But do you really think it was any different in Jesus’ day or when Paul was traveling the pagan world sharing the Good News of Jesus Christ? Jesus preached love and they crucified Him for it. Paul taught salvation through grace by faith in Jesus and he was jailed, beaten, stoned, and eventually beheaded. Being a Christian is not for sissies!

Things in America are changing for Christians and it’s certainly not comfortable, especially for those of us who are middle-aged or older. We disagree with the moral direction society is heading, and we disagree with those in our own body who embrace those directions which conflict with Biblical norms. But the one thing we must never fail to do is love. As Paul tells us in 1 Corinthians 13 no matter how great our gifts and faith without love we are nothing. By loving, Jesus, Paul and the rest of the apostles and the early church changed the world – a world that was much worse than the one we live in here in America.

So how should we respond to the Supreme Court ruling? We should love people. That does not mean we agree with them? I love my wife dearly but I do not always agree with her nor she me! So no, we can disagree but do so agreeably. We also need to understand that we need to stay committed to our marriage covenants – too many Christians take a secular view of marriage and divorce for reasons not allowed in the covenant agreement. We need to worry less about those outside the church – pray for them certainly – but not judge them. What do we have to do with them other than share the Good News of Christ and let them make up their own minds? And we need to stop looking like an angry mob – that is not what Jesus taught us.

The thing that has become clear to me is that we now have – and perhaps have always had – two separate meanings for marriage; one for believers and one for non-believers. For believers we have a covenant with God in the mystery of marriage He gave us. For non-believers they have a civil contract between two people (any two people) who love each other. While the difference may seem subtle it is immense. Perhaps the best quote I’ve heard about these kinds of differences is this, “For those who believe there is no explanation needed. For those who do not there is no explanation possible.”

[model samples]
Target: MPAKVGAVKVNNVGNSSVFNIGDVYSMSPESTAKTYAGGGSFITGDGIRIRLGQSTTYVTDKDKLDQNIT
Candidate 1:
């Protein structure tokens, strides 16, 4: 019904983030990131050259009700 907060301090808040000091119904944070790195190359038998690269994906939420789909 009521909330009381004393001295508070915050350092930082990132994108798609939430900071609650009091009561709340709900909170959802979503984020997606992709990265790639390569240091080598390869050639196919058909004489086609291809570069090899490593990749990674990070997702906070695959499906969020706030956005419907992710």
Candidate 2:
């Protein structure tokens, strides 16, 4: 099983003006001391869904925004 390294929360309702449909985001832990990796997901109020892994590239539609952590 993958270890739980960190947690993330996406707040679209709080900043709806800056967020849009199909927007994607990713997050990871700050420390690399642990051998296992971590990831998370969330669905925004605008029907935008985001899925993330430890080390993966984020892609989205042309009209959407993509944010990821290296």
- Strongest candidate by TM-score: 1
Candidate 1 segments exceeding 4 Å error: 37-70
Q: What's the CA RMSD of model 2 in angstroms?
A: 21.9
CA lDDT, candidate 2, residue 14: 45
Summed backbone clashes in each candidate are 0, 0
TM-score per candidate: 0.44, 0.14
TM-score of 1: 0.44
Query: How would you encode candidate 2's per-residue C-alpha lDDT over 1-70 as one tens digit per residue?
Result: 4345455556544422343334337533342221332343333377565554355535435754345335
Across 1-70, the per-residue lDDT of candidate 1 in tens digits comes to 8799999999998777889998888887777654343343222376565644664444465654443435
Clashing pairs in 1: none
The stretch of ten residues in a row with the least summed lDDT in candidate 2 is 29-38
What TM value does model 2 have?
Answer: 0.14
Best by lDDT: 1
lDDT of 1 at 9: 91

So my brothers and sisters, I think we need to take a deep breath and share with our culture the wonders of the mystery of Christian marriage and how significantly different it is than secular marriage. We also need to guard our marriages and live them out the way God intends so that we can be a good witness in our culture instead of a witness that says Christians are just like everyone else. Lastly, we need to stand firm in our convictions in a way that would honor Jesus, telling the truth in love and gentleness and not getting angry about how we see our culture slipping but instead look at it as an even greater harvest field where God can be glorified!

 

 

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2 comments

  1. Ericka Myers · · Reply

    I appreciate the way you discussed the differences between those inside the church, and those outside the church in terms of holding folks accountable for their actions. It made a lot of sense, and I appreciated the analogy of Christians not looking to make themselves out to be an angry mob. Although Christians may have the best of intentions at times, attempting to berate someone into submission in hopes of changing their views is not effective, and the hate and anger only begates more hate and anger. Love is indeed the answer. Well said.

  2. From my friend Ericka Meyers – I appreciate the way you discussed the differences between those inside the church, and those outside the church in terms of holding folks accountable for their actions. It made a lot of sense, and I appreciated the analogy of Christians not looking to make themselves out to be an angry mob. Although Christians may have the best of intentions at times, attempting to berate someone into submission in hopes of changing their views is not effective, and the hate and anger only begates more hate and anger. Love is indeed the answer. Well said.